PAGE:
Two cans of a "normal" energy drink is less dangerous than a cup of brewed coffee of 350 ml (12oz) - in terms of caffeine.
According to Medscape
Caffeine has differing CNS, cardiovascular, and metabolic effects based on the quantity ingested. Average doses of caffeine (85-250 mg, the equivalent of 1-3 cups of coffee) may result in feelings of alertness, decreased fatigue, and eased flow of thought. High doses (250-500 mg) can result in restlessness, nervousness, insomnia, and tremors. In high doses, caffeine can cause a hyperadrenergic syndrome resulting in seizures and cardiovascular instability.
According to Wikipedia referencing Factors Affecting Caffeine Toxicity
The LD50 of caffeine in humans is dependent on individual sensitivity, but is estimated to be about 150 to 200 milligrams per kilogram of body mass or roughly 80 to 100 cups of coffee for an average adult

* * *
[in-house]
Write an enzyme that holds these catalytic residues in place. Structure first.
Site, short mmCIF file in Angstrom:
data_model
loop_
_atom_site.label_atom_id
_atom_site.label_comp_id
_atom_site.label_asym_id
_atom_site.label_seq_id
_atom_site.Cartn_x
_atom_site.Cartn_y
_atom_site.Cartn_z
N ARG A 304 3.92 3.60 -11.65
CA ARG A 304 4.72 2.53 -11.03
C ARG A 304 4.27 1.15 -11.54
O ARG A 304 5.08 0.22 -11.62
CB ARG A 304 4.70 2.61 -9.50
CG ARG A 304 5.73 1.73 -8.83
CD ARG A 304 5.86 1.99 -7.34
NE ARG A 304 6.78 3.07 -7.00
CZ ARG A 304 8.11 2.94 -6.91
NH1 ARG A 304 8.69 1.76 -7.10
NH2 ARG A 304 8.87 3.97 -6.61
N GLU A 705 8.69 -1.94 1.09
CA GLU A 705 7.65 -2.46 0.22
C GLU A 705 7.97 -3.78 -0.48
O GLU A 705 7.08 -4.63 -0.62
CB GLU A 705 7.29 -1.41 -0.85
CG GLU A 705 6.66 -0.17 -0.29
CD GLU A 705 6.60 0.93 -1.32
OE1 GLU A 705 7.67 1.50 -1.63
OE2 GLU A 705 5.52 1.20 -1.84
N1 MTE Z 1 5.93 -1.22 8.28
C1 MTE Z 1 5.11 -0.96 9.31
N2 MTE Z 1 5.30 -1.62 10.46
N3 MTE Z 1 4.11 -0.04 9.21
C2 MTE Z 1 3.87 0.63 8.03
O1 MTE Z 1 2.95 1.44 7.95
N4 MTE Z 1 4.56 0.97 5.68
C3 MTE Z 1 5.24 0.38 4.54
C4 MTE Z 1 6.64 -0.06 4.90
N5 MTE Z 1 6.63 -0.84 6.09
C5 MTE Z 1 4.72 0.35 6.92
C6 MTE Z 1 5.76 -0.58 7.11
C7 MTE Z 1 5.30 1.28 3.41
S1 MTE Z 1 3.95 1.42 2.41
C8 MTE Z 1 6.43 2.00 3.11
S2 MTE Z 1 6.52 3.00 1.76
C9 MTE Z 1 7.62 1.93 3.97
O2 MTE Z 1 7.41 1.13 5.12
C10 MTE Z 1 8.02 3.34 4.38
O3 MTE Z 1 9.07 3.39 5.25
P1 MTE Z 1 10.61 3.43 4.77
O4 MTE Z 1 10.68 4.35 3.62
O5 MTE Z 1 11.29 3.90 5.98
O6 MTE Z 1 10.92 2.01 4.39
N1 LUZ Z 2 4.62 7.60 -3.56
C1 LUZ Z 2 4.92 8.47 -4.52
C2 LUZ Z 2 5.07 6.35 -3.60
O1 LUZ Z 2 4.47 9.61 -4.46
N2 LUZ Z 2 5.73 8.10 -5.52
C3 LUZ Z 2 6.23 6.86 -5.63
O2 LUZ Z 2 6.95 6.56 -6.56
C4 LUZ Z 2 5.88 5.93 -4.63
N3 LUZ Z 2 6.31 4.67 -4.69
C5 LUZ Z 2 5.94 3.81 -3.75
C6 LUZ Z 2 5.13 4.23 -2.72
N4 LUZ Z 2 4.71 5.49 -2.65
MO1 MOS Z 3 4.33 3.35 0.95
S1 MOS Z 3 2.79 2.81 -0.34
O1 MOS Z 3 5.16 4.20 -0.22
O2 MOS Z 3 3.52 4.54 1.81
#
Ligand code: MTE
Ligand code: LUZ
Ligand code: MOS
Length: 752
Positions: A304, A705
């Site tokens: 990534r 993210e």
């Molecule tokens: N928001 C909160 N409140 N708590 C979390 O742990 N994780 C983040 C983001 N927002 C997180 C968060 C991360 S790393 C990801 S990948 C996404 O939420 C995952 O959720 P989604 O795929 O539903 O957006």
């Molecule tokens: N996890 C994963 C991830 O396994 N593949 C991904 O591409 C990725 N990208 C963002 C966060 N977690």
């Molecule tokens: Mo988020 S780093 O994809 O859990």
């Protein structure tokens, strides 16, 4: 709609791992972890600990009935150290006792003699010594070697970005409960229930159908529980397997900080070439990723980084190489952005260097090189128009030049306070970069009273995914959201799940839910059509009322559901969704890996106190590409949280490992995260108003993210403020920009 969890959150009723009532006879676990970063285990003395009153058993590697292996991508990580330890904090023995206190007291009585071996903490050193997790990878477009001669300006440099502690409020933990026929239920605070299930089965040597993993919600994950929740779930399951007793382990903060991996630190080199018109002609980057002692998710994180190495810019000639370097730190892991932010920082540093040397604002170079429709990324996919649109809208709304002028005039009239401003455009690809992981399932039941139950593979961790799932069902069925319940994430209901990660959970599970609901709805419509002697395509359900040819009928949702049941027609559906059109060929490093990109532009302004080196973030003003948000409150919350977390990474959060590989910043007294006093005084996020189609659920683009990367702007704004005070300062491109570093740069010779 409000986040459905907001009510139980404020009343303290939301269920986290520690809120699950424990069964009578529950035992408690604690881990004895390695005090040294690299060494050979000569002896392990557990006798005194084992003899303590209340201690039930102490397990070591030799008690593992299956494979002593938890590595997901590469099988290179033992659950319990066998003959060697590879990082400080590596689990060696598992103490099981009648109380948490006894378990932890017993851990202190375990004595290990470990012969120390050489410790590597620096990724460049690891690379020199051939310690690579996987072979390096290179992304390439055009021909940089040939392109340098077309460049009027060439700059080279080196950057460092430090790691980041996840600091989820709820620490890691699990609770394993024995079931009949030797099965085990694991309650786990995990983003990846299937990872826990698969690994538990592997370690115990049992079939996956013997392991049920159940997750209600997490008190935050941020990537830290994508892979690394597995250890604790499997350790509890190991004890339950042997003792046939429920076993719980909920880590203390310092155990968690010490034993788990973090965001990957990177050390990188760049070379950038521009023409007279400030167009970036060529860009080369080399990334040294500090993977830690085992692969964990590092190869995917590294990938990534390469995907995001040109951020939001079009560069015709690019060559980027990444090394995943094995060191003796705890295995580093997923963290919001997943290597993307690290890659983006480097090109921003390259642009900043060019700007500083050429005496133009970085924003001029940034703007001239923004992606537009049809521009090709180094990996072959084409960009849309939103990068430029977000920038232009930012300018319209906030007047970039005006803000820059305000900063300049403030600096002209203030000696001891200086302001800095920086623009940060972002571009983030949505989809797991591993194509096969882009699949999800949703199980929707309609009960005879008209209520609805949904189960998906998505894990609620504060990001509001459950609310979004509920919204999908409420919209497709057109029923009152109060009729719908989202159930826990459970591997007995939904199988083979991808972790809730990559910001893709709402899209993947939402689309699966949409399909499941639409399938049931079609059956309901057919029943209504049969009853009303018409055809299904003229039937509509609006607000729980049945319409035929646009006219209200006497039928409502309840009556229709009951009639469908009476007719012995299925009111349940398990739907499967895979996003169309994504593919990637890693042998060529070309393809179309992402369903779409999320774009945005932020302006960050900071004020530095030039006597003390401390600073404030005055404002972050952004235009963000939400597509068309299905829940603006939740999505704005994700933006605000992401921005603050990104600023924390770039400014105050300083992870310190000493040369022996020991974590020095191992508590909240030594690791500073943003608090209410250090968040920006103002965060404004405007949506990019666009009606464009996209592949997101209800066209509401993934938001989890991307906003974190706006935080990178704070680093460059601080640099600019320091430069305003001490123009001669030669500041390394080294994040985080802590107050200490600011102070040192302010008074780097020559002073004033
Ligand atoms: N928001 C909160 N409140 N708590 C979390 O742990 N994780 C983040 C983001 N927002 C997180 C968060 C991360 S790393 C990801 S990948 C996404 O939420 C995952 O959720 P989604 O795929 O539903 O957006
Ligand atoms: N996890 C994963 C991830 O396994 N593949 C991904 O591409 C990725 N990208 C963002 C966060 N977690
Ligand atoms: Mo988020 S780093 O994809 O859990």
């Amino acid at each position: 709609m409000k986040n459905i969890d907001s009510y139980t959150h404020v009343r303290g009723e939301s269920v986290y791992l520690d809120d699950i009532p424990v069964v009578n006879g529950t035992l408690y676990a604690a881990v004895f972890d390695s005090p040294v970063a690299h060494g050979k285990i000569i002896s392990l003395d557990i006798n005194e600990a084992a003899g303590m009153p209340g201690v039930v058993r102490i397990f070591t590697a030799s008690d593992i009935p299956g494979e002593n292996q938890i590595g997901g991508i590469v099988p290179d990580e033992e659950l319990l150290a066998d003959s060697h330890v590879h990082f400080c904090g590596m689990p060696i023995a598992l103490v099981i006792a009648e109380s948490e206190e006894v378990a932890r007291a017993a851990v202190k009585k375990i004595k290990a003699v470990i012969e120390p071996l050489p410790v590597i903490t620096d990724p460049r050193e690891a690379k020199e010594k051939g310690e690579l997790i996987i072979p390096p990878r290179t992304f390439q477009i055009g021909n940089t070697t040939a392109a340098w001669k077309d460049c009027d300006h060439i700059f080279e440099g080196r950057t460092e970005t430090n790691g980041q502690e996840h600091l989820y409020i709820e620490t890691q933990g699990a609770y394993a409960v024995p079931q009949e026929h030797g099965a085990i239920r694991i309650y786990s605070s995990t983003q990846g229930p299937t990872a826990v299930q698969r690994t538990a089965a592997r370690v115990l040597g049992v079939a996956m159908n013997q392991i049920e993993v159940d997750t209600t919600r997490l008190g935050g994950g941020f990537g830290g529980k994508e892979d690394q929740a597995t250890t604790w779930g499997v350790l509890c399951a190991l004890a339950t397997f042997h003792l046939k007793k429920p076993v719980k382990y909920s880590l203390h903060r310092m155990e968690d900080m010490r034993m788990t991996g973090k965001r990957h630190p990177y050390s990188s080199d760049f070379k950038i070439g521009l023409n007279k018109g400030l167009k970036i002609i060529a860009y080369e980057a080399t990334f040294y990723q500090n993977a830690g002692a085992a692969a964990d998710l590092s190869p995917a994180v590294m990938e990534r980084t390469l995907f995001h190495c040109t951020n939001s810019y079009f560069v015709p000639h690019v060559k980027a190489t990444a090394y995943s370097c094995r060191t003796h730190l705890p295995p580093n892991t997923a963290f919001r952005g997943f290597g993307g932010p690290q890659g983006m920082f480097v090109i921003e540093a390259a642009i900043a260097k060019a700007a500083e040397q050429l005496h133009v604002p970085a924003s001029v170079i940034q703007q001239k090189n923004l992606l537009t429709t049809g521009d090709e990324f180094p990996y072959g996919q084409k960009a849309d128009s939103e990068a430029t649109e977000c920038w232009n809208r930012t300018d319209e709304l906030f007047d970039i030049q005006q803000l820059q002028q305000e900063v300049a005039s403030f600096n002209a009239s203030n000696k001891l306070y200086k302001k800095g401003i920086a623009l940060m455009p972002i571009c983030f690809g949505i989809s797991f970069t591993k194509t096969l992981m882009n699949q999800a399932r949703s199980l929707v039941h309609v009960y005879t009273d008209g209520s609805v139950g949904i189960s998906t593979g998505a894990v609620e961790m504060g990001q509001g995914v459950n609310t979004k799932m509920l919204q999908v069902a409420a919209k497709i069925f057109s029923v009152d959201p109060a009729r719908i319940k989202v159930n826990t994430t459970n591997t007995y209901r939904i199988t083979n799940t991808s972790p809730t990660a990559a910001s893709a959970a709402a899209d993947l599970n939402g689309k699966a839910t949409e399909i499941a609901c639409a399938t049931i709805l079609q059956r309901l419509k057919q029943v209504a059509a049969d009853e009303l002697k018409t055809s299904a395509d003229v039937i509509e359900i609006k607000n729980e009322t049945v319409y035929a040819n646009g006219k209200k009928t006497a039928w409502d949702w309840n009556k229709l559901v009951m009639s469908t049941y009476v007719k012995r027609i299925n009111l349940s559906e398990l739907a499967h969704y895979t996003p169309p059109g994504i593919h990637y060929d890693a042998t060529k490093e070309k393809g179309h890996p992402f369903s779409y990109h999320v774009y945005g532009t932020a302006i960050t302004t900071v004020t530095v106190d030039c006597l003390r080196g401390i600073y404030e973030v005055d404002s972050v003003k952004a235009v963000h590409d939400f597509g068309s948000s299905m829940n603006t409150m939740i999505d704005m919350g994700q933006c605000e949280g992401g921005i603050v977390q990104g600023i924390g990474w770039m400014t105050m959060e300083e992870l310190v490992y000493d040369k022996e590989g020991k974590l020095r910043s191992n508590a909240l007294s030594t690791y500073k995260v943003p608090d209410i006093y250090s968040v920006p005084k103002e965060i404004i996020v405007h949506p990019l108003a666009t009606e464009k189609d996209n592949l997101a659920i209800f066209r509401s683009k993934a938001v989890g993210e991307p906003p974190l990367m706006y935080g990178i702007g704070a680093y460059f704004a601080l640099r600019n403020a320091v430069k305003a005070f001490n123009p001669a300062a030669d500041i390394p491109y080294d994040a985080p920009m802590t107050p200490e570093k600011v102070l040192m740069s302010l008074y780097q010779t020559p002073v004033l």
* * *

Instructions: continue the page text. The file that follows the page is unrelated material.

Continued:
According to The BBC
Use this guide for the amounts of caffeine in products:
- One mug of instant coffee: 100mg
- One mug of filter coffee: 140mg
- One mug of tea: 75mg
- One can of cola: 40mg
- One can of energy drink: 80mg
- One 50g bar of plain (dark) chocolate: around 50mg
- One 50g bar of milk chocolate: around 25mg
If the above is correct, two cans of energy drink is a lot less than a lethal dose.
Given an average body weight of 80 Kg, the LD50 is 12000 to 16000 mg which is 150 to 200 cans of the above Energy drink.
A girl aged 14 might weigh only 50 Kg, a thin girl maybe only 40 Kg. Therefore LD50 = only 6000 to 8000 mg which is 25 to 33 cans of an unusually strong 240mg/can drink. So 2 cans is a lot but not a lethal dose for most thin 14 year-old girls.
Obviously some people are more sensitive than others and will have complicating factors such as high blood pressure or other existing medical conditions.